The lecture this week involved the substitution of variables as the means of changing something insolvable into a function that is solvable. There are very specific methods to solve first order differential equations. They are like formulas; every variable or part of the function must be arranged in order to make the function solvable. When a function is seemingly unsolvable in its form, the substitution of variables, in most cases the substitution of the variable “Y” or a certain function of X, is the most common way to make the miracle happen. (For more information on substitution in differential equations click here.)

There is a specific method used to solve first order differential equations called

“homogeneous first order differential equations (homogeneous ODEs)”, which in its standard form y’ equals some function of (y/x). In this case, by changing the homogeneous ODEs into their standard forms, a new variable “z” is created to substitute the function y/x; from that step forward, all calculations will regard the variable “z”. Then, when an equation of “x” and “z” is established, all we need to do is rewrite all of the “z” into y/x. After simplification, the equation between “y” and “x” can be established and the problem can be solved.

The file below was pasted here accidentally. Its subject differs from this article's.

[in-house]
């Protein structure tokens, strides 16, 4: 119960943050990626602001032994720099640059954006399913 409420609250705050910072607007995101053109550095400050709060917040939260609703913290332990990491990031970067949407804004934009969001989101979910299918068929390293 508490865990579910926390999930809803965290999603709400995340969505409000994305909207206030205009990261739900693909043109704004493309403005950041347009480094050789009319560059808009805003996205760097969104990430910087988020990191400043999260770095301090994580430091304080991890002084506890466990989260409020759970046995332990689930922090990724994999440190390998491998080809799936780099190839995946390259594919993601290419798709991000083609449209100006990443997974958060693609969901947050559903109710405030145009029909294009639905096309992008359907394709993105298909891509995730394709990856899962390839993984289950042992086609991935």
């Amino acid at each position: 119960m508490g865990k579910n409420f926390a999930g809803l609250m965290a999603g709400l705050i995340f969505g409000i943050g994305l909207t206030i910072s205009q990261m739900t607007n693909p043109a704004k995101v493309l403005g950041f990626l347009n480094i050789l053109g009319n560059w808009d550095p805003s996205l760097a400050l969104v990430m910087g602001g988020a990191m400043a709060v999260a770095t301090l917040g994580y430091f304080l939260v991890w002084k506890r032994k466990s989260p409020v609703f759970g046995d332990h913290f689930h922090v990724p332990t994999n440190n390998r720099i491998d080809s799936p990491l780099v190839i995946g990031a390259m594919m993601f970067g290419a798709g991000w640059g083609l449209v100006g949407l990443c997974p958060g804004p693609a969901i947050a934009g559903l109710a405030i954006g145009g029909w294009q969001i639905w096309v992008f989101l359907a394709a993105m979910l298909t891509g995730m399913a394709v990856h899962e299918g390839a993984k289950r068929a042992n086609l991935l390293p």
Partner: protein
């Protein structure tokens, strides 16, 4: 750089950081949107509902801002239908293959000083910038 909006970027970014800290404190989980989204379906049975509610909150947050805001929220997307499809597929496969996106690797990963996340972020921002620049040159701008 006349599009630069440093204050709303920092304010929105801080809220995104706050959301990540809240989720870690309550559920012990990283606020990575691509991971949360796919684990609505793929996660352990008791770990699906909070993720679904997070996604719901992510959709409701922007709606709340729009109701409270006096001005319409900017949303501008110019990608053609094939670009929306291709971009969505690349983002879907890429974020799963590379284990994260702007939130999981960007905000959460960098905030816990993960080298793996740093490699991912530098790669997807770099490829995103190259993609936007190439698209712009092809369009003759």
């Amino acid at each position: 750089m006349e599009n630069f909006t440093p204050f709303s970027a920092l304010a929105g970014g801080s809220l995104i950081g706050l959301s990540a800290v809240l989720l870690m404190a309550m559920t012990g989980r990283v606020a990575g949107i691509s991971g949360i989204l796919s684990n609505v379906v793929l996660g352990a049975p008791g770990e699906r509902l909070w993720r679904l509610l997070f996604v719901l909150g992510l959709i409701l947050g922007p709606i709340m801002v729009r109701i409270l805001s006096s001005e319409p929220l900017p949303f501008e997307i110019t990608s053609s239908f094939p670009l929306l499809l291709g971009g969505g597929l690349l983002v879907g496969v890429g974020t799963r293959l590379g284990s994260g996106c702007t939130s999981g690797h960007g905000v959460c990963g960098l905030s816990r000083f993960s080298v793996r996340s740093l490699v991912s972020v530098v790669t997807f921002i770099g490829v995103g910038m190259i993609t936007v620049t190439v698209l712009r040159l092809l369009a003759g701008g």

It is very interesting that some concepts and techniques never go away; from day one when I took functions to today when I am taking differential equations, substitution has been a necessary technique. I started using it when I was in primary school to solve systems of equations. For example, y=3x-7 and 2x+2y=2 is a group of two-variable linear equations. The standard procedure is to substitute the second equation’s “y” as “3x”, thus creating an equation that has only one variable: 2x+2(3x-7) =2, and clearly x=2, y=-1. In calculus, the idea of u-substitution is extremely common for integration. The basic idea is to use a new variable, “u” to substitute a certain application of x to simplify the function and calculate the integral of the function in “u” and rewrite it into the application of “x” afterwards. (For more information about U-substitution click here.)

All the examples of substitution in different levels of math are eventually the same. It is a way to simplify and make something that seems extremely complex simple. These kinds of math techniques seek to establish order from chaos. After all, isn’t that eventually the essence of math?

picture of the latin phrase “much in little” from http://fmhs.mesa.k12.co.us/clubs/Multum_In_Parvo_HOME.html